Monday, March 4, 2002
Out-of-State California Lawyer Sues to Vote for State Bar Board
By NICK YULICO, Staff Writer
An Arizona attorney who is also licensed to practice in California filed a federal lawsuit against the State Bar Friday, seeking the right to vote and run in the State Bar’s upcoming Board of Governors elections.
Boalt Hall School of Law Prof. Stephen Barnett, who sued on behalf of attorney Louis Hoffman, told the METNEWS the policy violates the U.S. Constitution’s Equal Protection Clause, the First Amendment and possibly the Privileges and Immunities clause.
Under the state Business and Professions Code, only attorneys with “principal offices for the practice of law” in the state are able to run and vote in the elections.
The suit asks the U.S. District Court in San Francisco to issue a preliminary injunction against the State Bar, preventing it from enforcing the provisions of the statute.
Barnett called the law unfair as well as unconstitutional. He noted that out-of-state members pay the same duties, comply with the same MCLE requirements and bear all the other obligations as officers of the state, so should be able to vote as well.
State Bar President Karen Nobumoto said the organization’s legal staff has been meeting with the plaintiff’s attorneys “to try to discuss doing this through our Elections Committee.”
“We’ve been explaining to him that under the law we could not ignore an existing statute without a court declaring it unconstitutional,” Nobumoto said.
The State Bar president called the lawsuit “disheartening.”
“I really have made an effort to have an open-door policy for people to discuss issues,” she said. “I make every effort to return e-mails and calls promptly. We have had an ongoing discussion with Mr. Barnett over this. I hope that in the future, we can go through the process.”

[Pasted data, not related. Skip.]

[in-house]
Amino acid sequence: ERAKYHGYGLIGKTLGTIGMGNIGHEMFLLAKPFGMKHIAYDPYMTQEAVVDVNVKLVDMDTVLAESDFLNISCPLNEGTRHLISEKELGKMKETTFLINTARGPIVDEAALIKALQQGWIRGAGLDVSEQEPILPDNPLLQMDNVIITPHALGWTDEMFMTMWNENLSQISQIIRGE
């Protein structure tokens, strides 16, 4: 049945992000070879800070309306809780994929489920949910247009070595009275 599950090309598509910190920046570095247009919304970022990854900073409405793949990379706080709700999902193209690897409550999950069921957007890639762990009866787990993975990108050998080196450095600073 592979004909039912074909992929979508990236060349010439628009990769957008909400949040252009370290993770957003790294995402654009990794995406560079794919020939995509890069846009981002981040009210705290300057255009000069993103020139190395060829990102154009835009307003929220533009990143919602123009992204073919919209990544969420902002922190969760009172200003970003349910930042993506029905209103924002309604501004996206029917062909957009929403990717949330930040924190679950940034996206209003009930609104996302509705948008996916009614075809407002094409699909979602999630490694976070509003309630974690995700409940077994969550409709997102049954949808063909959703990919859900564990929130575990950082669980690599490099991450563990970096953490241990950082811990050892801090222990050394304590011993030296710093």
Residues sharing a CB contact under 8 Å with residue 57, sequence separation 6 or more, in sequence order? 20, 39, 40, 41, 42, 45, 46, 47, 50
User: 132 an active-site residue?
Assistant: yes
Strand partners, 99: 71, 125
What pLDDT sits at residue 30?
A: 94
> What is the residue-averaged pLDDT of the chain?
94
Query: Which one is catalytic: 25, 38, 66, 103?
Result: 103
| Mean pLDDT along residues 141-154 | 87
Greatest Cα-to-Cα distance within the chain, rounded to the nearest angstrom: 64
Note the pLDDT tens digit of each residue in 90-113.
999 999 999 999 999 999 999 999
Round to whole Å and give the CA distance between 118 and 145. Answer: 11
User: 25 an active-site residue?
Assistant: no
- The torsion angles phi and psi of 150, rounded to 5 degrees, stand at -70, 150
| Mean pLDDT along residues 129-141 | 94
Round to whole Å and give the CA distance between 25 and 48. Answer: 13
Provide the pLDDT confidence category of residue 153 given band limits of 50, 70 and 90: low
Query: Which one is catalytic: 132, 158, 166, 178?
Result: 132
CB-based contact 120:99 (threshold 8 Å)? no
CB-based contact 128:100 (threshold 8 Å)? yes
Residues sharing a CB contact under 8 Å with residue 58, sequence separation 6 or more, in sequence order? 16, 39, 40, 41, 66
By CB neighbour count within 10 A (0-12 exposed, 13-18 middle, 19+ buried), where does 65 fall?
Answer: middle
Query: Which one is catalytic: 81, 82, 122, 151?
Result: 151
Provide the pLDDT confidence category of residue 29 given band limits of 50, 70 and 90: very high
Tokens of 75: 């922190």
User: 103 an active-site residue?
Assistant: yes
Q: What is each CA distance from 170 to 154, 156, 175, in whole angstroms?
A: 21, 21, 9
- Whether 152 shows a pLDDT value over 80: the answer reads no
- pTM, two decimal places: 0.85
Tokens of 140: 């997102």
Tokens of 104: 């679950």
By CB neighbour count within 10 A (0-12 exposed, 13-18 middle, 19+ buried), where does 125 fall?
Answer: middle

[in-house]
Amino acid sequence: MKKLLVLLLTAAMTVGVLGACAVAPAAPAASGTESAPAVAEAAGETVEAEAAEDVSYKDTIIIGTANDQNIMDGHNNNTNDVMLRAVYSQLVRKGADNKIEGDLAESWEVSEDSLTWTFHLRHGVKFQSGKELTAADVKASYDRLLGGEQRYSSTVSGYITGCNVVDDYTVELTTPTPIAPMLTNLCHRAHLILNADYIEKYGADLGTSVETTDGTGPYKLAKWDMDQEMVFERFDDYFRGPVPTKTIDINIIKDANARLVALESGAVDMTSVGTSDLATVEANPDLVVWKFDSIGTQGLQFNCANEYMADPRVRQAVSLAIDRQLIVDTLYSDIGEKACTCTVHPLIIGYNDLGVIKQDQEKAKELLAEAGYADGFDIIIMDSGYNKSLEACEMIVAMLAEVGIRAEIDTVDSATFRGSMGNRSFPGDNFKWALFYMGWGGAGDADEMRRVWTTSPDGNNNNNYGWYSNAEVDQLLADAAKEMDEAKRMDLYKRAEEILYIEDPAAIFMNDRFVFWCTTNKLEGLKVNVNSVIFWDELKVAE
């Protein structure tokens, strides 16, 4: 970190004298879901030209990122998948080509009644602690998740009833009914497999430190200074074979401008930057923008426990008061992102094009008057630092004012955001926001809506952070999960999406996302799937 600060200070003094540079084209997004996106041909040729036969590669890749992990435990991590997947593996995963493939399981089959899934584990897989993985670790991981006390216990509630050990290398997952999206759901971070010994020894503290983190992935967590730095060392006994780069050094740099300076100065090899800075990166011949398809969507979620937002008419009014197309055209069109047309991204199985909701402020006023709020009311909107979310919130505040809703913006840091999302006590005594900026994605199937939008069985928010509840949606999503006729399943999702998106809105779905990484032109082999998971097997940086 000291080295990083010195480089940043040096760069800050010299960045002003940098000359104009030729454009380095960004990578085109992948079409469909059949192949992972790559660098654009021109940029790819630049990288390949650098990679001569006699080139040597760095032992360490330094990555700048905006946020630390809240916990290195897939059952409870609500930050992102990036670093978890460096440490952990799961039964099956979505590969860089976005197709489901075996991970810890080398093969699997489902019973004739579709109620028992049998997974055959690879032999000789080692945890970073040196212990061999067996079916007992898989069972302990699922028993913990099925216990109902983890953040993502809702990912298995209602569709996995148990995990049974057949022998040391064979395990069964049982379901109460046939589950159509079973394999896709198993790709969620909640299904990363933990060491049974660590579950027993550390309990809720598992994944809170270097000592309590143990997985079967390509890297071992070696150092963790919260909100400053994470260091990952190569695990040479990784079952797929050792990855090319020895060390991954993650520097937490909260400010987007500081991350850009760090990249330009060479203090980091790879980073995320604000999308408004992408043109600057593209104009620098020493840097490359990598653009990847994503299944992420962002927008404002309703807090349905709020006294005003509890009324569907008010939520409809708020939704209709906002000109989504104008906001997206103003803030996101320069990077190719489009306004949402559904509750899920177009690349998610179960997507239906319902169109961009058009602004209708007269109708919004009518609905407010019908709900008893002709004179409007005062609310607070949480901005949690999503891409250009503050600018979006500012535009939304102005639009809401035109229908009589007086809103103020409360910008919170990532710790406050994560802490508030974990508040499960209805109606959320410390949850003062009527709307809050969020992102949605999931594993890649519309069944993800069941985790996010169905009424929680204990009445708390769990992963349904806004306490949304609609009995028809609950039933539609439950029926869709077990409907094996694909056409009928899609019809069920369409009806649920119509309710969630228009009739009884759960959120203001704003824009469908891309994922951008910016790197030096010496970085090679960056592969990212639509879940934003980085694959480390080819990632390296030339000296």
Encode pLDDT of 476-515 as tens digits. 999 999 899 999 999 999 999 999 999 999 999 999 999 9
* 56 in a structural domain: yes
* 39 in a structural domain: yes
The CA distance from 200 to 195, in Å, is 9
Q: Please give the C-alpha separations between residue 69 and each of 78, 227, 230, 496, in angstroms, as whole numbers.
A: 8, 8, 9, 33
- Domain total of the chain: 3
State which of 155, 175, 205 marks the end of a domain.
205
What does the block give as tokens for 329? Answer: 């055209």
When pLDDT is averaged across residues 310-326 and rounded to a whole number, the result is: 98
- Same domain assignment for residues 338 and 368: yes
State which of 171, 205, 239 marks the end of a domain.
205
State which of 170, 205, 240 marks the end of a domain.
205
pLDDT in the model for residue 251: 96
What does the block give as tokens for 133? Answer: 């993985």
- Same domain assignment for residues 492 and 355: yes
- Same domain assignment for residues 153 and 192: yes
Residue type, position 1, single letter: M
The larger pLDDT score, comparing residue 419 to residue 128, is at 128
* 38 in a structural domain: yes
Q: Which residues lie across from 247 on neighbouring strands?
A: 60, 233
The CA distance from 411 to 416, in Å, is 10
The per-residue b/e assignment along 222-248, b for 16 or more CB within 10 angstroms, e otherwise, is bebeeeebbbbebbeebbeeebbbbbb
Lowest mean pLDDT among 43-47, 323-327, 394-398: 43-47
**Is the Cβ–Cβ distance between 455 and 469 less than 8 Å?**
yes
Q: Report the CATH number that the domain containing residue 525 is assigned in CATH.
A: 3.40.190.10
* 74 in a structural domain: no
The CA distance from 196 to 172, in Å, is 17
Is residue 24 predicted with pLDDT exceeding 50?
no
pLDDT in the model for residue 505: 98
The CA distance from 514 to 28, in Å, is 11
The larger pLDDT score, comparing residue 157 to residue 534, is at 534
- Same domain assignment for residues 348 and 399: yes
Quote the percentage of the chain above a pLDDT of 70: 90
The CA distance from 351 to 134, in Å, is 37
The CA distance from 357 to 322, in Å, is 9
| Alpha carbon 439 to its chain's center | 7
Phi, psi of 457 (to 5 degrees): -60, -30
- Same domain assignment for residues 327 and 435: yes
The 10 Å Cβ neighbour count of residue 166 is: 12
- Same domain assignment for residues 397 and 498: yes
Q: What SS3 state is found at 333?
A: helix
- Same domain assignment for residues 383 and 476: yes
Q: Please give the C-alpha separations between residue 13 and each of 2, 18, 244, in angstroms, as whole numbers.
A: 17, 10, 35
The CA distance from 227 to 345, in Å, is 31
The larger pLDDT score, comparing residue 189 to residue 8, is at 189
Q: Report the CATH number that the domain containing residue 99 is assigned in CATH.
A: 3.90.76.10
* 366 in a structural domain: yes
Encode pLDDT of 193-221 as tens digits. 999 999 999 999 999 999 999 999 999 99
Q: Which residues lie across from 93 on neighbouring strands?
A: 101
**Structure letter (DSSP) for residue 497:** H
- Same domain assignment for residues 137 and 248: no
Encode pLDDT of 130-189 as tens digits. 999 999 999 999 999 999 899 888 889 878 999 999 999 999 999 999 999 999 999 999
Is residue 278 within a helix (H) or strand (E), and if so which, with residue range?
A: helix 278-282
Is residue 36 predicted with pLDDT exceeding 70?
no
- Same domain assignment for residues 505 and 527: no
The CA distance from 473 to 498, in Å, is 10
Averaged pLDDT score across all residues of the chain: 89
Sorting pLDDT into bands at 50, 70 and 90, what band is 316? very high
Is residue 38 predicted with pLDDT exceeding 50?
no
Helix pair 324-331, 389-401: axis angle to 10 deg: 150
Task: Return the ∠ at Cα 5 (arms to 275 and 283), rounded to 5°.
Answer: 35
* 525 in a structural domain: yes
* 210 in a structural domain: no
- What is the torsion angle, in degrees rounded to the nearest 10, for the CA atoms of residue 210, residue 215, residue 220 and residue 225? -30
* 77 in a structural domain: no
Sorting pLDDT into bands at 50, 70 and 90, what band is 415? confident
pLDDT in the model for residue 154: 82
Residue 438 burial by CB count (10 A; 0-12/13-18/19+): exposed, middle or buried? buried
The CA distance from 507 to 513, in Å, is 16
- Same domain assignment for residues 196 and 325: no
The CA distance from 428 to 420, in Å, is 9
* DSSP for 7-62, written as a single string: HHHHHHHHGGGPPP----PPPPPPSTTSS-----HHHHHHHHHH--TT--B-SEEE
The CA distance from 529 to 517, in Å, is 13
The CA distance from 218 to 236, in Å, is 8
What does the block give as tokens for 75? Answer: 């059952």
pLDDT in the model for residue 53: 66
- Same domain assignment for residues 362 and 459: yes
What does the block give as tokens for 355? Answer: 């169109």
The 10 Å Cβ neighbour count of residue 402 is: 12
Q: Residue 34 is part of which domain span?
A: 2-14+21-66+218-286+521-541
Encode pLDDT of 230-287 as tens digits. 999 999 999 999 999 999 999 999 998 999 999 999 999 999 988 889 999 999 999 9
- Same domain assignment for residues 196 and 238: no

Close to 10,000 State Bar members besides Hoffman have their offices located outside California.
The only difference between out-of-state and in-state members is the right to vote and run in the Board of Governors elections, the complaint said.
With no right to vote, it asserts, Hoffman is cut off from the decisionmaking process that governs the bar’s policies.
“I have no input, through the electoral system of governors, on decisions that affect me or my practice,” Hoffman said in the lawsuit.
Hoffman alleged that the suit was filed almost a year after he learned of the policy. He said he sent an email to then-President Palmer Madden, asking why he was barred from voting, but he received no reply.
Another letter was written to the State Bar’s publication, the California Bar Journal, asking the same question, and the letter was published in the April 2001 issue.
Hoffman claimed he then got a telephone from a State Bar staff person who told him the organization was bound by statute to preclude him from voting.
Nominating petitions for candidates in the Board of Governors election of 2002 were made available Feb. 1. The list of members eligible to vote will close on April 22, with the last day to vote being July 1.
Copyright 2002, Metropolitan News Company